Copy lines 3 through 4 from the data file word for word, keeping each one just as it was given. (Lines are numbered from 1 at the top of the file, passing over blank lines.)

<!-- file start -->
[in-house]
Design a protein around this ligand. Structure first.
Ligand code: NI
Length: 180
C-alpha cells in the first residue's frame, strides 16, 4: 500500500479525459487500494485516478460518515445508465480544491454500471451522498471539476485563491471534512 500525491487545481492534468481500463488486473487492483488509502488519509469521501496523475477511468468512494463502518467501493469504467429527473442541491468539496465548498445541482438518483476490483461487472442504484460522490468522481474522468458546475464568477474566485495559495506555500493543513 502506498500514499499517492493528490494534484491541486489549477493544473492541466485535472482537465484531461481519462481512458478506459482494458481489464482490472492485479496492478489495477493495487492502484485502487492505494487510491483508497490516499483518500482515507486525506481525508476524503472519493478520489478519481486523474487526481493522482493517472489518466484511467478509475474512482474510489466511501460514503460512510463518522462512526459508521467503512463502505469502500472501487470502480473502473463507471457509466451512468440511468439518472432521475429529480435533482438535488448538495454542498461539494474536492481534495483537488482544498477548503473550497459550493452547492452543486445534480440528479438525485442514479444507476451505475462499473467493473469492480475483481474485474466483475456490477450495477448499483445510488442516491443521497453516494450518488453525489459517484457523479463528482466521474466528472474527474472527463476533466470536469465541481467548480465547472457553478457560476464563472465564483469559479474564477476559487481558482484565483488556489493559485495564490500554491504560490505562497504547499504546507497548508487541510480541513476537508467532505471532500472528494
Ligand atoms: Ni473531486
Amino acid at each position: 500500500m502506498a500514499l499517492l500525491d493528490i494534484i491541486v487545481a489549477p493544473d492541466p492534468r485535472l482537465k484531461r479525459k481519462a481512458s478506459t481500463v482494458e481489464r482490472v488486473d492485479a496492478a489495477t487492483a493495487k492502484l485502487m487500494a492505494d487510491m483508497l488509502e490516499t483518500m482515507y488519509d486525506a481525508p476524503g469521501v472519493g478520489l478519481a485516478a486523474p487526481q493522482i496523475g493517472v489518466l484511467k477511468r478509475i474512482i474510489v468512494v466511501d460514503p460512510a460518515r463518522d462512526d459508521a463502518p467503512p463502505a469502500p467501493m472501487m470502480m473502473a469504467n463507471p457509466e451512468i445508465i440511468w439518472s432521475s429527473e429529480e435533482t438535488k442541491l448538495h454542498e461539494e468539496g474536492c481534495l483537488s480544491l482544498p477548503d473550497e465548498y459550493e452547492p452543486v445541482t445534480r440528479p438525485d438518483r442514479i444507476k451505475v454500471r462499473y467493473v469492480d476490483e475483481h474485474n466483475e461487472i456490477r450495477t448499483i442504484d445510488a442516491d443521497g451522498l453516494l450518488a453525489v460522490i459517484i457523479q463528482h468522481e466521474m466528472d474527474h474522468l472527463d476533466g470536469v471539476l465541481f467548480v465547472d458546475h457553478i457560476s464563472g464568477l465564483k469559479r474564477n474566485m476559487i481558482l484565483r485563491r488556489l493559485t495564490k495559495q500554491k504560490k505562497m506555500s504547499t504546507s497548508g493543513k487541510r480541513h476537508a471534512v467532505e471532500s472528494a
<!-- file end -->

Ligand code: NI
Length: 180